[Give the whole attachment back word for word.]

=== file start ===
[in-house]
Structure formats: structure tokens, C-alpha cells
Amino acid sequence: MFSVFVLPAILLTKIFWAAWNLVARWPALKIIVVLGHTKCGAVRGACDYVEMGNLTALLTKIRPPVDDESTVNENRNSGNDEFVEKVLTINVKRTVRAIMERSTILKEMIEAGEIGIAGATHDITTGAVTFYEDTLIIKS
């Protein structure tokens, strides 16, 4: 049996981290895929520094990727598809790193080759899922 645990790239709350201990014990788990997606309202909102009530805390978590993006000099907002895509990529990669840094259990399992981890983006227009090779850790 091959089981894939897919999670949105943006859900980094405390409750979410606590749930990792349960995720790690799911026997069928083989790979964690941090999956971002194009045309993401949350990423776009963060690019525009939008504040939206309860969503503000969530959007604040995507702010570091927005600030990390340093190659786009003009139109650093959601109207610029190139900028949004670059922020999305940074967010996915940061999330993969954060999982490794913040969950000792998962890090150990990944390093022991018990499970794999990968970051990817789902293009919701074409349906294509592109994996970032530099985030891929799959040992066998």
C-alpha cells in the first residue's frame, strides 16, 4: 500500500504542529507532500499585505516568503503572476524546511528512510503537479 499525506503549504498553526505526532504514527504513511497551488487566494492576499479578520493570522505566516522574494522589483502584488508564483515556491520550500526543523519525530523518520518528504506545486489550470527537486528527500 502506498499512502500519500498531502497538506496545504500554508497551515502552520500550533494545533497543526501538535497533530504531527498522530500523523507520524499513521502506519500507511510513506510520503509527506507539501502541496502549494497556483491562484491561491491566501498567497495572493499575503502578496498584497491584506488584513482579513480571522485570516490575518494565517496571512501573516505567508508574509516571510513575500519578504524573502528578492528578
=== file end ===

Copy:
[in-house]
Structure formats: structure tokens, C-alpha cells
Amino acid sequence: MFSVFVLPAILLTKIFWAAWNLVARWPALKIIVVLGHTKCGAVRGACDYVEMGNLTALLTKIRPPVDDESTVNENRNSGNDEFVEKVLTINVKRTVRAIMERSTILKEMIEAGEIGIAGATHDITTGAVTFYEDTLIIKS
């Protein structure tokens, strides 16, 4: 049996981290895929520094990727598809790193080759899922 645990790239709350201990014990788990997606309202909102009530805390978590993006000099907002895509990529990669840094259990399992981890983006227009090779850790 091959089981894939897919999670949105943006859900980094405390409750979410606590749930990792349960995720790690799911026997069928083989790979964690941090999956971002194009045309993401949350990423776009963060690019525009939008504040939206309860969503503000969530959007604040995507702010570091927005600030990390340093190659786009003009139109650093959601109207610029190139900028949004670059922020999305940074967010996915940061999330993969954060999982490794913040969950000792998962890090150990990944390093022991018990499970794999990968970051990817789902293009919701074409349906294509592109994996970032530099985030891929799959040992066998």
C-alpha cells in the first residue's frame, strides 16, 4: 500500500504542529507532500499585505516568503503572476524546511528512510503537479 499525506503549504498553526505526532504514527504513511497551488487566494492576499479578520493570522505566516522574494522589483502584488508564483515556491520550500526543523519525530523518520518528504506545486489550470527537486528527500 502506498499512502500519500498531502497538506496545504500554508497551515502552520500550533494545533497543526501538535497533530504531527498522530500523523507520524499513521502506519500507511510513506510520503509527506507539501502541496502549494497556483491562484491561491491566501498567497495572493499575503502578496498584497491584506488584513482579513480571522485570516490575518494565517496571512501573516505567508508574509516571510513575500519578504524573502528578492528578